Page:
2,800 crowdsourcing and crowdfunding sites
Editor's Note: The following guest post comes to us from Alon Goren, CEO and co-founder of InvestedIn.
This month, Google announced that it led a deal to buy a $125 million stake in peer-to-peer/online lending hub Lending Club, which is now valued at $1.55 billion, triple its valuation of only a year ago. This high-profile move by Google into the financial world comes at a time when alternative financing – peer-to-peer/online lending, crowdfunding, etc.— is growing very quickly. Google upped the ante once again last week, when it was announced that Google Ventures invested $7.5 million in CircleUp, a crowdfunding platform that connects small businesses with accredited investors.
The move by one of the most recognizable names in tech to invest in crowdfunding is truly a defining moment for the entire industry and validates the strength of crowdfinancing and financial innovation. It also demonstrates the crowd’s ability to transform financial markets. While the SEC has delayed releasing the final rules governing equity-based crowdfunding in the U.S., which was legalized by last year’s JOBS Act, industry analysts massolution reported last month that crowdfunding grew at an astounding 81 percent in 2012, with much of the growth seen in rewards-based crowdfunding – evidence that entrepreneurs and business owners are searching for alternative sources of capital.
Indeed, the online lending sector has exploded since the Great Recession, when credit became scarce for even historically solid businesses and consumers. The stage was set for disruptive innovations to target the financial services industry, and thus gave rise to the popularity of crowdfunding platforms, microfinance loans, online lending and accredited investor portals. According to financial website NowStreetJournal.com, the country’s two largest peer-to-peer (P2P) lenders, Lending Club and Prosper, have now exceeded $2 billion in loan origination. At the same time, industries that were more or less ignored by traditional venture capital firms — such as consumer goods — now have access to a multitude of eager investors and lenders through platforms like CircleUp.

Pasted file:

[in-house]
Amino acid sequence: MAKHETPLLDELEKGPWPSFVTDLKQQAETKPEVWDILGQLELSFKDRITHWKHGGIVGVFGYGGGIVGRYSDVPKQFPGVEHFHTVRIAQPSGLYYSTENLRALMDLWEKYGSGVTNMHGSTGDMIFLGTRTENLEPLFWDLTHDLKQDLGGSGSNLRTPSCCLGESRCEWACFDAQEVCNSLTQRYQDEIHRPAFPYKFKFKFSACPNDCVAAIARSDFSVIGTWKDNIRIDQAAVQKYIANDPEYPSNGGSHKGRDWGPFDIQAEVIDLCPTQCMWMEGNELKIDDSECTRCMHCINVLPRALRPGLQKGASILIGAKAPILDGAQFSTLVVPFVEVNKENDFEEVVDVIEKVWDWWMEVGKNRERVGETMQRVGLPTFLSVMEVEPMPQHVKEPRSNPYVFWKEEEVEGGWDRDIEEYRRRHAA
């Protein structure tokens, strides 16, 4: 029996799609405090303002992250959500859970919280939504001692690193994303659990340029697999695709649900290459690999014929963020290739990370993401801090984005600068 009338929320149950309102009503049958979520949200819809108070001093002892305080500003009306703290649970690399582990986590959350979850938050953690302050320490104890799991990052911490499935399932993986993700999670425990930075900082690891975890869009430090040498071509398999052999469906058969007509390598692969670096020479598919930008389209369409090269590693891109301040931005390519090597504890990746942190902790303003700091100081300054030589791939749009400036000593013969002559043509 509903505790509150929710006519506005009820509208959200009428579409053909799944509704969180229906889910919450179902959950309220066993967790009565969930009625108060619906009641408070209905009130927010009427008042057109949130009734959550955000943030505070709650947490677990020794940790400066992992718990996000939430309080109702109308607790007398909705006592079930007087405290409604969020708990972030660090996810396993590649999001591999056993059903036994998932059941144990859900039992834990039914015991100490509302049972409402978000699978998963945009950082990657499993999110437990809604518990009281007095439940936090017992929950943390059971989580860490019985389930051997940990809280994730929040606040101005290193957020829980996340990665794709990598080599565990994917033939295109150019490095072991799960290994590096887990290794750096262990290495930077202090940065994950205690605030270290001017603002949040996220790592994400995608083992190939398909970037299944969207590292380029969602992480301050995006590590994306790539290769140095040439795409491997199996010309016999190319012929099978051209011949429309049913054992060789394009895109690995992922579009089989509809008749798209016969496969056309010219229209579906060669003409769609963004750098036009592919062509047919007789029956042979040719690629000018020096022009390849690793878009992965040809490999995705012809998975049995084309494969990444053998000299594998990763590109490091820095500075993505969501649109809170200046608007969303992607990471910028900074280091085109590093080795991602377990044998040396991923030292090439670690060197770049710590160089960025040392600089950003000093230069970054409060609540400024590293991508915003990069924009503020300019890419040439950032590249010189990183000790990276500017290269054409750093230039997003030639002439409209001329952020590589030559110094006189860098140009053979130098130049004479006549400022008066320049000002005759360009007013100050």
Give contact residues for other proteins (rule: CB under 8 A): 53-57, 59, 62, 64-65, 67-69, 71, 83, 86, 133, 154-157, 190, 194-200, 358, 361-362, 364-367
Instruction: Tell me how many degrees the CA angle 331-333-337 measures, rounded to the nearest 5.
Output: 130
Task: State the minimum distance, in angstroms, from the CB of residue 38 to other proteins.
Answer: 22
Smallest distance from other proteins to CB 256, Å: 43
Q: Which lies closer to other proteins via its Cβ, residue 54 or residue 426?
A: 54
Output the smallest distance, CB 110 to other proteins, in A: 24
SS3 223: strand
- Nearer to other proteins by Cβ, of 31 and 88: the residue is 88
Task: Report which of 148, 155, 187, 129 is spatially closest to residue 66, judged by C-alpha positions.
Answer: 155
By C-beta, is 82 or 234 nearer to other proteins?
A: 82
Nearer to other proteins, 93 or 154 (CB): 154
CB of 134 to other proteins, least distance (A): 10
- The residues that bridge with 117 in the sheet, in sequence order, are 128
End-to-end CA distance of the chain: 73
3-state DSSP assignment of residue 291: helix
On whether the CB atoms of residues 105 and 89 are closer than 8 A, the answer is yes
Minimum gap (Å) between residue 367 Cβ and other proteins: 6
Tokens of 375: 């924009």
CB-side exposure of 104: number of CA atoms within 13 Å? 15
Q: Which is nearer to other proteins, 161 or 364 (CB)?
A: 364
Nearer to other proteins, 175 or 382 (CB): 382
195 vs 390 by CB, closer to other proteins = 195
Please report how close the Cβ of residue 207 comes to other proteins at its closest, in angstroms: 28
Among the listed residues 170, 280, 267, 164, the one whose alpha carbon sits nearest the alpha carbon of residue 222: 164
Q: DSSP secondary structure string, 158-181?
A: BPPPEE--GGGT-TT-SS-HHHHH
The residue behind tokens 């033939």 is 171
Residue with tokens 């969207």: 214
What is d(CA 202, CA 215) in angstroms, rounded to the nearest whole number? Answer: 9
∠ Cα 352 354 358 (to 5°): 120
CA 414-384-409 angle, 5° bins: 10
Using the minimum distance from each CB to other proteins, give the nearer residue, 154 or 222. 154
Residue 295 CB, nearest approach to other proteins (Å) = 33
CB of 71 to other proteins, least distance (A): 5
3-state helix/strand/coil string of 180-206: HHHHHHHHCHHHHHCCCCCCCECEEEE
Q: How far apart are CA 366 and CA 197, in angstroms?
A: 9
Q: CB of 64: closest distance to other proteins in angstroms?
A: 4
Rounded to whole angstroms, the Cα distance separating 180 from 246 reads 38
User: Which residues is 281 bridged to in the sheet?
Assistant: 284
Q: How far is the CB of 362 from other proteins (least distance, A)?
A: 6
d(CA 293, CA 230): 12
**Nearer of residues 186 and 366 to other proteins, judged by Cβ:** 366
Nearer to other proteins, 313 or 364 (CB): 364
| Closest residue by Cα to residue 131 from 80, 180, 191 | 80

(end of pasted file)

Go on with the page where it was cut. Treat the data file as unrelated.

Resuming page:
Crowdfunding has had more than its share of naysayers — seemingly under the influence of the powers-that-be at traditional financial firms — but the facts are simple. Worldwide, reported instances of fraud are less than 2 percent – compared with the fact that nearly one in 10 Americans is the victim of credit card fraud, this is a remarkably low number. On the other hand, it makes sense, as an engaged, informed crowd can spot out posers and bad deals and publicize its findings to the rest of us.
Google, ostensibly a search engine, is not a name that is usually associated with financial services, but nonetheless has decided to invest in growth-stage crowdfinancing platforms. P2P has had a bit of a head start over donations- and rewards-based crowdfunding models, and therefore has matured to the point of attracting major investors. These developments point to one thing — crowdfunding, particularly equity-based crowdfunding, will be the next innovation that Wall Street and institutional investors finally embrace.
- Alon Goren is the CEO and co-founder of InvestedIn – a leading technology startup that specializes in social fundraising and crowdfunding platforms. Alon started InvestedIn to offer fundraisers a customizable, quick and affordable platform to use. Prior to founding InvestedIn, Alon worked as a manager for innovative entertainment tech giants as IMDB and MySpace. InvestedIn is currently offering a commission-free platform for non-profits called GoodCleanFund, available at www.goodcleanfund.com.